Prevalence and characteristics of asymptomatic norovirus infection in the community in England

Gemma Phillips, C C Tam, L C Rodrigues, B Lopman

Research output: Contribution to journalArticlepeer-review

Abstract

Norovirus is a major cause of infectious intestinal disease, and a substantial prevalence of asymptomatic infection has been reported. We describe the prevalence, seasonality and characteristics of asymptomatic norovirus infection in England. Healthy individuals were recruited at random from the general population during the Study of Infectious Intestinal Disease (1993-1996). Norovirus was identified using real-time RT-PCR. The age-adjusted prevalence of asymptomatic norovirus infection was 12%; prevalence was highest in children aged <5 years and showed wintertime seasonality. More work is needed to understand whether asymptomatic infections are important for norovirus transmission leading to sporadic illness and outbreaks.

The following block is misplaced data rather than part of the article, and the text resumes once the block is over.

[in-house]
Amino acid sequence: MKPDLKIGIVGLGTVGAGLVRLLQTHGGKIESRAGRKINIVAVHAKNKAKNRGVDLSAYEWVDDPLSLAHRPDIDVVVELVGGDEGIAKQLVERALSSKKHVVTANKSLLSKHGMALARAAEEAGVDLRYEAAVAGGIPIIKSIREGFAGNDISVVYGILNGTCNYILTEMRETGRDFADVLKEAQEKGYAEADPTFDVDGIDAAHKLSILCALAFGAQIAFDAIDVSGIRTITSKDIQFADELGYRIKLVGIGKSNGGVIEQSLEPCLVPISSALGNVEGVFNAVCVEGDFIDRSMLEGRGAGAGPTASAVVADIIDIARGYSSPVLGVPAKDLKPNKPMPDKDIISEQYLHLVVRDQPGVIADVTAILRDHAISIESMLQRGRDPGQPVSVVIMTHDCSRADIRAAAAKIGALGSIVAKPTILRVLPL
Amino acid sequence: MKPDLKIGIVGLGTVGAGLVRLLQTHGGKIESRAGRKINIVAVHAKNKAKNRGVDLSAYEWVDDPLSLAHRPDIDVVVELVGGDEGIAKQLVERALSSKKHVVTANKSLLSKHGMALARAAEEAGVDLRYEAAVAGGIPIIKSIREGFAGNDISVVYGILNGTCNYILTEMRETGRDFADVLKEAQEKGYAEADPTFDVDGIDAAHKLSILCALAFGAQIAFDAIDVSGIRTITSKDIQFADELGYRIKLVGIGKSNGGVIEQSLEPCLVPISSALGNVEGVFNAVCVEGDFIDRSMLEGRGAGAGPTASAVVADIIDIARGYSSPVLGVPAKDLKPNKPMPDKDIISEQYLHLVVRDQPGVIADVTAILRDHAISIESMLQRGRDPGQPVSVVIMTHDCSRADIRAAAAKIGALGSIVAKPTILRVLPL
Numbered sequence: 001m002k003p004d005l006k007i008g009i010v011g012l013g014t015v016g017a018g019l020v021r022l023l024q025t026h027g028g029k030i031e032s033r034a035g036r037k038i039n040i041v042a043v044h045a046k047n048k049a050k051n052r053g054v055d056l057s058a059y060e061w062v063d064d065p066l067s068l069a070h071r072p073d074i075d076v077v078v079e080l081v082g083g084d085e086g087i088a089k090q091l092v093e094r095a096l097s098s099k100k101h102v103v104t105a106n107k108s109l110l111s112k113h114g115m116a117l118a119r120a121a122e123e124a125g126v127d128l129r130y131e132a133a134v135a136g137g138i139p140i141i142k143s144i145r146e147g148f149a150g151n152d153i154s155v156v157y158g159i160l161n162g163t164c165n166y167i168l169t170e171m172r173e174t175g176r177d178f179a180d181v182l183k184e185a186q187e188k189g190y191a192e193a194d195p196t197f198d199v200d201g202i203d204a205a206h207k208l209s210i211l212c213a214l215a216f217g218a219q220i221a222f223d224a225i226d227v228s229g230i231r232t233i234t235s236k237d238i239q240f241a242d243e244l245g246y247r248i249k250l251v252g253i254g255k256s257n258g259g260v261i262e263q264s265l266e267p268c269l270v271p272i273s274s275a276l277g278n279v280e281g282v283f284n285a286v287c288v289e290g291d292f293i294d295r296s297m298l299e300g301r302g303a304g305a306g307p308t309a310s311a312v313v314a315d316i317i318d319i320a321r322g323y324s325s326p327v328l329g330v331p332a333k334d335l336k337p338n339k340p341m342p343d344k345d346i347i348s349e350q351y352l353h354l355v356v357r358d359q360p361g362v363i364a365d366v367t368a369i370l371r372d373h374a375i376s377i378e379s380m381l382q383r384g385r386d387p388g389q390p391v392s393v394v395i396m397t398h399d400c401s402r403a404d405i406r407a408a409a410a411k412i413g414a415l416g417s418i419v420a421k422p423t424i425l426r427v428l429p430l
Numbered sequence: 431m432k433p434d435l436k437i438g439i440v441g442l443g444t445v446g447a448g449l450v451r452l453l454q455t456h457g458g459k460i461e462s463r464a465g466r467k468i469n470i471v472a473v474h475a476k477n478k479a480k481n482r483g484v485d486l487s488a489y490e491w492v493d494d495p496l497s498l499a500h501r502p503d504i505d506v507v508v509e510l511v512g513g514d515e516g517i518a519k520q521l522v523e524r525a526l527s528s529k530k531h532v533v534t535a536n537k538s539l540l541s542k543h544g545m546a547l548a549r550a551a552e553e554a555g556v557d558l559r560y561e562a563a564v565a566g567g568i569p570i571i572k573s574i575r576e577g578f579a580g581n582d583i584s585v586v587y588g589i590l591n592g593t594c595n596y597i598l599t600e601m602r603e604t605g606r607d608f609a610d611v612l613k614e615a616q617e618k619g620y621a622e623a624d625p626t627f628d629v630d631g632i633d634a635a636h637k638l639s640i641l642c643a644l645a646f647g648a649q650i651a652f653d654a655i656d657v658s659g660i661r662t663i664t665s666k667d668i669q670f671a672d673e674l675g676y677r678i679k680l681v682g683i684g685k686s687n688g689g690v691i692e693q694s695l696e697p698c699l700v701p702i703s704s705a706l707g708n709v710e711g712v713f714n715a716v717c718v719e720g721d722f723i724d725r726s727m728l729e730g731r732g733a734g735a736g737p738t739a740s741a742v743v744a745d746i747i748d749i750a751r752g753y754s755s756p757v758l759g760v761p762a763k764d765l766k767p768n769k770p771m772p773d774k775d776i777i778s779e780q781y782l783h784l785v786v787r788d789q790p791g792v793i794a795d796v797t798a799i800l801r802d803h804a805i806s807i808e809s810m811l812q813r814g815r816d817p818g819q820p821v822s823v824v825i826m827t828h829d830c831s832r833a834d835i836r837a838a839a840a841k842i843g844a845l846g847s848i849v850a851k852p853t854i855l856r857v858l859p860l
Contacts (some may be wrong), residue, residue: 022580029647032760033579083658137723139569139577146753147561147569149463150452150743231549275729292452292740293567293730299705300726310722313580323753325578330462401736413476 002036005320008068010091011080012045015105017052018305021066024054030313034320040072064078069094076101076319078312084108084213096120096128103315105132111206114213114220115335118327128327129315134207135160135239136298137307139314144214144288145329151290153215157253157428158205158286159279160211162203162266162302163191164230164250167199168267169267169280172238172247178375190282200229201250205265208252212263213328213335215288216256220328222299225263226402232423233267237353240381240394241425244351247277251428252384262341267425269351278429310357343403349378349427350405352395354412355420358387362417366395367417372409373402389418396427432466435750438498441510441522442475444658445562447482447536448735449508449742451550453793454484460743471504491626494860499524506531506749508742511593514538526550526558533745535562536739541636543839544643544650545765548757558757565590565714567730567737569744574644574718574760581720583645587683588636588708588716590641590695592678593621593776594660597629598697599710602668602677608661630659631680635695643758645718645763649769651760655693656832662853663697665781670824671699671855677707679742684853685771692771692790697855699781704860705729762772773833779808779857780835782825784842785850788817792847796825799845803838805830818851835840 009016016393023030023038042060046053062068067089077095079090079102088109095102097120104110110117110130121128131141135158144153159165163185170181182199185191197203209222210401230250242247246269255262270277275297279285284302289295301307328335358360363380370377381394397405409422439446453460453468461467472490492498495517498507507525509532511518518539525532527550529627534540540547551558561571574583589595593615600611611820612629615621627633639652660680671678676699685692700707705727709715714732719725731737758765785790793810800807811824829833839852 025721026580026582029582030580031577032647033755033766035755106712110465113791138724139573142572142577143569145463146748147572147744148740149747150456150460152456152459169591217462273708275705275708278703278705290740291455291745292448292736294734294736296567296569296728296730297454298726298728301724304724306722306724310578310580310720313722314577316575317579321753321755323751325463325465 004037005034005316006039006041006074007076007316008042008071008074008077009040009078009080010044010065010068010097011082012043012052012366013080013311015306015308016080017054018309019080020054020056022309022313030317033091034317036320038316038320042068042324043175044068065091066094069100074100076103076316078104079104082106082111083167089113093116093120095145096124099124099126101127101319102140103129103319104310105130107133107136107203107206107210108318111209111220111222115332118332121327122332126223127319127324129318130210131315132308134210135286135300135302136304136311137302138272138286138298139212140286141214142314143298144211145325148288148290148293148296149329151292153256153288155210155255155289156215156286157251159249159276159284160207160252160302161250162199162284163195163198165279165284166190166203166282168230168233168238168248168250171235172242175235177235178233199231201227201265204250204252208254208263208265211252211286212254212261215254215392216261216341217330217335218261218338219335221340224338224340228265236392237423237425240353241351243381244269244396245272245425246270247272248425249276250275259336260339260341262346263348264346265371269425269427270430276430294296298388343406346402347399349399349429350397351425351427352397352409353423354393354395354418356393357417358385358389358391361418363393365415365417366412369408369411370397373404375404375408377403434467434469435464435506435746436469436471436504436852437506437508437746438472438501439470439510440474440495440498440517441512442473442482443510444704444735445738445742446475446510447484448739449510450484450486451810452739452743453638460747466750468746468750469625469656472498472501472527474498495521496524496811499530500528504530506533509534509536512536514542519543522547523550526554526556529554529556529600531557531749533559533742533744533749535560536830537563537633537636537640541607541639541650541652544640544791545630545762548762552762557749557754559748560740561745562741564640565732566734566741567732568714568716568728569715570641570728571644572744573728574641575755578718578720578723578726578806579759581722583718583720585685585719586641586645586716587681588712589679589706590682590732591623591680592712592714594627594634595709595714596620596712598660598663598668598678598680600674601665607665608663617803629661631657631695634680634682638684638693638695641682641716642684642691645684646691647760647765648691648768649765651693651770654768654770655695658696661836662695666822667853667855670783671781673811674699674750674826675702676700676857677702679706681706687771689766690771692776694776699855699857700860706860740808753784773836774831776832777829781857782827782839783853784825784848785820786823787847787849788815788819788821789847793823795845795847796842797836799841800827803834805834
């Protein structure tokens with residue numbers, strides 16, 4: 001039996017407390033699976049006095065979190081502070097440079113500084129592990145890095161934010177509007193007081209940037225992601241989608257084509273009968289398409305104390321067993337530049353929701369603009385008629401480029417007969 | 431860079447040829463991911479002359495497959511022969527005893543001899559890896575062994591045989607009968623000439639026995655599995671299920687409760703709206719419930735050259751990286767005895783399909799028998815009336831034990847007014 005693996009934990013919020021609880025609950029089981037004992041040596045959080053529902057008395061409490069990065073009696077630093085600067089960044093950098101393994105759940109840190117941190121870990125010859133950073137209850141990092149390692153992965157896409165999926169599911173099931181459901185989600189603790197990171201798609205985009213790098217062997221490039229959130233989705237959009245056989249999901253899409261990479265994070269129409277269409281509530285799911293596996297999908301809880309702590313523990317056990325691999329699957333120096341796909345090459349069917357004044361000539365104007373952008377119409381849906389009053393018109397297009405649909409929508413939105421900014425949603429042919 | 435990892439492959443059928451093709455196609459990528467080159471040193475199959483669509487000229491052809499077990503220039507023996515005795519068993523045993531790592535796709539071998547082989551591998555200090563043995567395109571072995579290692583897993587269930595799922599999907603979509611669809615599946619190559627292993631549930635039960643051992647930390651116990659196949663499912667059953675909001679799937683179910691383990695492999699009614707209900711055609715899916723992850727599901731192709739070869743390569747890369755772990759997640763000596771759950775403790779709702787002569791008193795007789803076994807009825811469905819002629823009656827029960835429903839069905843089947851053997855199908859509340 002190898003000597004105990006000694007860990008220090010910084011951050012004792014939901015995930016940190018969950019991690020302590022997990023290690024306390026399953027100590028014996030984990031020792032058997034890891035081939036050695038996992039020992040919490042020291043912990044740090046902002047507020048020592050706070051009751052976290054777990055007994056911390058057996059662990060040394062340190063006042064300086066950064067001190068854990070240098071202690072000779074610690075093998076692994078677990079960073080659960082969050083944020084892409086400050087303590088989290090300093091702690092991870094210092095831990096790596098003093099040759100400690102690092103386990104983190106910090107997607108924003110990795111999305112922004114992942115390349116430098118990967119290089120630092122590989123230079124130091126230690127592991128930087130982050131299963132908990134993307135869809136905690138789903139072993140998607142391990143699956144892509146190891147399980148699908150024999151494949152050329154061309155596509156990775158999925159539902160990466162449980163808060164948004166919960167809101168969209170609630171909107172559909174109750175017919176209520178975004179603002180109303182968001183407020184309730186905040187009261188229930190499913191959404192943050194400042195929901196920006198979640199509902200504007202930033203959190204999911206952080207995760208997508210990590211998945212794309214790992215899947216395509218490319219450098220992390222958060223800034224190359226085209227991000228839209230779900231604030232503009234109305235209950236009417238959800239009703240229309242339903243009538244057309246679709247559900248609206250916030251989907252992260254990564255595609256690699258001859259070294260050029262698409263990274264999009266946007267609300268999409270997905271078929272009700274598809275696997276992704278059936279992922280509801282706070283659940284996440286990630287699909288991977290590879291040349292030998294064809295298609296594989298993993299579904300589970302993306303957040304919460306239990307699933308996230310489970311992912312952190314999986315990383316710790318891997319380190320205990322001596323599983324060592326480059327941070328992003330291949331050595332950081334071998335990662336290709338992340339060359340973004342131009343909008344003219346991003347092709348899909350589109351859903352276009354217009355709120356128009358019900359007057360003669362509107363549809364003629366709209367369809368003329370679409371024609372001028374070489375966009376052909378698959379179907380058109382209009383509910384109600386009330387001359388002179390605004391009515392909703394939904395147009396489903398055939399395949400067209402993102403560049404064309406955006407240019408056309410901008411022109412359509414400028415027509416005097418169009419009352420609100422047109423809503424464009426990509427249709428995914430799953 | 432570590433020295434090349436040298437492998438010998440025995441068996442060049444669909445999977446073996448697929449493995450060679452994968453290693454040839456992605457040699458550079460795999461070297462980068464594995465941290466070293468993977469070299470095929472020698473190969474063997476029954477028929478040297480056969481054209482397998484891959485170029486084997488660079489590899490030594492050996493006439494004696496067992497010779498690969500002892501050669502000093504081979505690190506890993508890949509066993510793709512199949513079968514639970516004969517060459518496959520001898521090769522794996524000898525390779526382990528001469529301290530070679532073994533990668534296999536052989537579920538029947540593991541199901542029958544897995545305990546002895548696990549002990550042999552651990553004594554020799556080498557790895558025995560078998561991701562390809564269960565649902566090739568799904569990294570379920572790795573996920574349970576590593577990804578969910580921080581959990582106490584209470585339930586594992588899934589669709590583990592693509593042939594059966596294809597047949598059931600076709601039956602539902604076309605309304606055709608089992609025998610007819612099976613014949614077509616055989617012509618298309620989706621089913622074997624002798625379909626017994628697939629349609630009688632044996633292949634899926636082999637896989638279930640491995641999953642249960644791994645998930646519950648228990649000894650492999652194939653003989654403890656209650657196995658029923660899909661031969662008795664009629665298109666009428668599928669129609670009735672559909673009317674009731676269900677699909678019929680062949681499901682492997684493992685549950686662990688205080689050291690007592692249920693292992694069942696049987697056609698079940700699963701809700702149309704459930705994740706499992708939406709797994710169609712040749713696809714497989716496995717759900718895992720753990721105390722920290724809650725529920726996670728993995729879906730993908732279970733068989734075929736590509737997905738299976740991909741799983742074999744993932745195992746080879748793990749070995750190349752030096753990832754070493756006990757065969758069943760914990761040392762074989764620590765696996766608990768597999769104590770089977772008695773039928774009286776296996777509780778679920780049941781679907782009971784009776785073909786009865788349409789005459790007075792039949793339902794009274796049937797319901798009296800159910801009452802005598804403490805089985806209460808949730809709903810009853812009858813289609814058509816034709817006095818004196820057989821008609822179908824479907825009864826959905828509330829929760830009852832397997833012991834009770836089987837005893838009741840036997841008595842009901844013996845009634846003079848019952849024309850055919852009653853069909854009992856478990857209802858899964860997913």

Original languageEnglish
Pages (from-to)1454-8
Number of pages5
JournalEpidemiology and Infection
Volume138
Issue number10
DOIs
Publication statusPublished - Oct 2010

Keywords

  • Adolescent
  • Adult
  • Age Factors
  • Aged
  • Aged, 80 and over
  • Caliciviridae Infections
  • Child
  • Child, Preschool
  • Community-Acquired Infections
  • England
  • Feces
  • Female
  • Gastroenteritis
  • Humans
  • Infant
  • Infant, Newborn
  • Male
  • Middle Aged
  • Norovirus
  • Prevalence
  • RNA, Viral
  • Reverse Transcriptase Polymerase Chain Reaction
  • Seasons
  • Young Adult

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